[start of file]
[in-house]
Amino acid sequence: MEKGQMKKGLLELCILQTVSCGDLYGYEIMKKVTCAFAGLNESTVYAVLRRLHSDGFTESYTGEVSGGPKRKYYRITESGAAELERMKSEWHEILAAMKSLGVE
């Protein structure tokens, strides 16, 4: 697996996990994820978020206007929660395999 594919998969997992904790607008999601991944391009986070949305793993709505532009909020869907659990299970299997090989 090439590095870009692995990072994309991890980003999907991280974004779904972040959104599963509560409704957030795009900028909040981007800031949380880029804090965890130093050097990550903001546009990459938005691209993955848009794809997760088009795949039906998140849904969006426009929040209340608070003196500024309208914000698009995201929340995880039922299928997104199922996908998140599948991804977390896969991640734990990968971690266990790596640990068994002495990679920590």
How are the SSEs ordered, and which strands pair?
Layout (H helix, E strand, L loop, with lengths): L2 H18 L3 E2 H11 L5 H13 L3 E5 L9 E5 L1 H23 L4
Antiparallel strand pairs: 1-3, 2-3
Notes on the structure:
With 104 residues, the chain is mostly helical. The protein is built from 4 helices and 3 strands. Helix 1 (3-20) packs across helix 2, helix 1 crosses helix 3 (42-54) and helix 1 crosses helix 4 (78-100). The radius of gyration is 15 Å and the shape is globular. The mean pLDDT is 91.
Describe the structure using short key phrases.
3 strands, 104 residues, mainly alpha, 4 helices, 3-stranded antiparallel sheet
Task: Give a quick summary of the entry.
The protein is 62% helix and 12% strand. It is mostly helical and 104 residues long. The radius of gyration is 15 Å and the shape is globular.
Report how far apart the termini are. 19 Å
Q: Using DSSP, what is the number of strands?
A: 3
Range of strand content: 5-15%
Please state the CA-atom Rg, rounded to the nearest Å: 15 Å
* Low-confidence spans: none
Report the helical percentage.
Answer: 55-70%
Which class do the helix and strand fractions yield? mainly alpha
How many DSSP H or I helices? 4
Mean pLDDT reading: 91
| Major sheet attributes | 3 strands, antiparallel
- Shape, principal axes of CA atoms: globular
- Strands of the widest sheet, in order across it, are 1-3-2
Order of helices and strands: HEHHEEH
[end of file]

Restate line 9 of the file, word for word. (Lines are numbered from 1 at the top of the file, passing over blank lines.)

Describe the structure using short key phrases.